HomeNewsBriefMexico Investigates Two Top Judicial Officials for Crime Ties
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Mexico Investigates Two Top Judicial Officials for Crime Ties

JUDICIAL REFORM / 19 JUL 2012 BY CHRISTOPHER LOOFT EN

Mexico is investigating two top judicial officials, who have previously issued favorable rulings for suspected drug traffickers, for ties to organized crime, a reminder that judicial weakness remains a major liability in the country's drug war.

The Deputy Attorney General for Special Investigations on Organized Crime (SIEDO) has opened formal investigations into the magistrate Jesus Guadalupe Luna Altamirano, pictured above, and the judge Efrain Cazares Lopez for ties to criminal groups, Animal Politico reported.

The judicial officials were suspended from their posts last week by the Council of the Federal Judiciary, the organ charged with supervising and disciplining Mexico's court system. Both suspects were reportedly suspended in connection to the verdicts they issued in drug trafficking cases, independent from the SIEDO's investigation.

Luna ordered the 2008 release of Joaquin "El Chapo" Guzman's son, and last summer, citing a lack of evidence, he upheld a verdict clearing Sandra Avila Beltran, alias "Queen of the Pacific," of organized crime charges, despite the 2004 US indictment linking her to cocaine trafficking, the Associated Press reported.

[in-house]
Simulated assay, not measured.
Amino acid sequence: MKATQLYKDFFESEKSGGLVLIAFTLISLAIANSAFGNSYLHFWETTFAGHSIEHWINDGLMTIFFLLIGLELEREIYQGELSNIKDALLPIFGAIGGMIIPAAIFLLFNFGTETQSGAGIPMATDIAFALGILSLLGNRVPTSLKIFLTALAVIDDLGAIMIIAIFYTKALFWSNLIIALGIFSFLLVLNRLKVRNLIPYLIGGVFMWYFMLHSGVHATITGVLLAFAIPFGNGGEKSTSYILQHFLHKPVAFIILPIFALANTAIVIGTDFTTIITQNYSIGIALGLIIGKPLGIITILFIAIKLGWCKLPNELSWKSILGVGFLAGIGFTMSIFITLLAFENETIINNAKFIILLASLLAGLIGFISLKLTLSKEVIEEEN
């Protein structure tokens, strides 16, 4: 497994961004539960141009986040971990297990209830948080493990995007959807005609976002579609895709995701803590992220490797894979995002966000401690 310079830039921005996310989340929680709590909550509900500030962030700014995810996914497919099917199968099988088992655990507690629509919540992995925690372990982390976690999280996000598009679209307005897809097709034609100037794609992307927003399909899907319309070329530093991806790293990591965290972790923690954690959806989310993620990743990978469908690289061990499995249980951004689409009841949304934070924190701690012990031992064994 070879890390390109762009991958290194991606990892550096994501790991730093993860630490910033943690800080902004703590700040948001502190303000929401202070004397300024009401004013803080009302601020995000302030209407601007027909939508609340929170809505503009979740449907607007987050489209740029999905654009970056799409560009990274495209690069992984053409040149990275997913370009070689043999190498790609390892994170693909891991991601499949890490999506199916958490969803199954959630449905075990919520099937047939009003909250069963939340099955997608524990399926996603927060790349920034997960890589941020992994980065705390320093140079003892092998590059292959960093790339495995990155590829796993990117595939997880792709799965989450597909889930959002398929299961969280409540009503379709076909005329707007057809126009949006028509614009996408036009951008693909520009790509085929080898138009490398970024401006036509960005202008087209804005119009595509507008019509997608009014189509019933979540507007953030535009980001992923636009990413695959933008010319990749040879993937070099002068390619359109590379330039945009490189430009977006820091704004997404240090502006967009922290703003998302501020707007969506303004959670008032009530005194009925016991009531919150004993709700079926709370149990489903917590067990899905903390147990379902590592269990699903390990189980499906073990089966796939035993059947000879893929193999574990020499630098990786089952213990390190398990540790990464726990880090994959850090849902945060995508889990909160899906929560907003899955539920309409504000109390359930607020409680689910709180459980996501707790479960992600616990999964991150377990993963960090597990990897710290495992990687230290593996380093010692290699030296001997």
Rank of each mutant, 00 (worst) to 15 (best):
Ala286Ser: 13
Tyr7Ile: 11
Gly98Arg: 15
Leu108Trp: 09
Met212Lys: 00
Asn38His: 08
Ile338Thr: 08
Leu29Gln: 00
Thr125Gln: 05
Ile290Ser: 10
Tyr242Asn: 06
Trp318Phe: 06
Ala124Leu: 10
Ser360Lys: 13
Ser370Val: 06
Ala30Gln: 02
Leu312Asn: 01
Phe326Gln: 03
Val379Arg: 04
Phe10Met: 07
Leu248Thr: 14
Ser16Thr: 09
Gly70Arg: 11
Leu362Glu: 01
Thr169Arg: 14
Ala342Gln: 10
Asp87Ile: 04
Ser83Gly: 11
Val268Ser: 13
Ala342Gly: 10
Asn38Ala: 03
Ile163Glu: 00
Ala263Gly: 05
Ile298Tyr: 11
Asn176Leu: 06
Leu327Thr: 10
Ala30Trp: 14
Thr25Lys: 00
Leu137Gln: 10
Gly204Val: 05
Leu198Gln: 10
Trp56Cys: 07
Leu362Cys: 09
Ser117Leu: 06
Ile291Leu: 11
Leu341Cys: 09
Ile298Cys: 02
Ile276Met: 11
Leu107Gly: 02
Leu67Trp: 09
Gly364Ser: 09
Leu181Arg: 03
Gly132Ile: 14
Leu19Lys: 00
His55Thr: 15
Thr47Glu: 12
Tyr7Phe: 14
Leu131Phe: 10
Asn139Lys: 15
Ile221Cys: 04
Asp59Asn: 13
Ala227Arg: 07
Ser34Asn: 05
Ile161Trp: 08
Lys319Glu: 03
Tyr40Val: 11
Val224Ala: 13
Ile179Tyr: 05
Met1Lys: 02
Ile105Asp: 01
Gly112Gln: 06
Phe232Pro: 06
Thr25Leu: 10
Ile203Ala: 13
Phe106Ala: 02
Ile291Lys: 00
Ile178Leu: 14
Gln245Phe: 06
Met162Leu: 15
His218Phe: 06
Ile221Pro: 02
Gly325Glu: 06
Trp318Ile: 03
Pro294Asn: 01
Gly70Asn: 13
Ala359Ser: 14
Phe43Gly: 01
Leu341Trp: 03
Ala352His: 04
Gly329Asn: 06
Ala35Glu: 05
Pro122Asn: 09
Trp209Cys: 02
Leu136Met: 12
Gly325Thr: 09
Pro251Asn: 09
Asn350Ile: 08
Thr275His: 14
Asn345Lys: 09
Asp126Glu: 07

Prosecutors filed a complaint against Cazares for releasing several Michoacan mayors arrested in 2009, whom the attorney general accused of ties to the Familia Michoacana.

InSight Crime Analysis

The arrests cast further doubts on the effectiveness of Mexico's legal system, frequently criticized for its high levels of impunity. In the states most affected by criminal violence, as much as 90 percent of homicides go unpunished. In Chihuahua, the 2010 impunity rate was 96.4 percent, according to a report released earlier this year by security analysis group Mexico Evalua. Corrupt judges aren't the only reason why impunity levels remain so high, but the relatively weak sanctions issued against dishonest judicial officials means the pace of reform has been slow and disappointing.

It is uncertain how far the investigations against these judges will go. President Felipe Calderon's National Action Party (PAN) may want to stifle a potentially embarrassing investigation as the July 1 election approaches, but the federal government may also strive to strengthen its image of cracking down on corruption. Especially since Calderon has long been accused of going easy on El Chapo's Sinaloa Cartel, the public prosecution of the magistrate who released the drug kingpin's son may help clean up the PAN's image.

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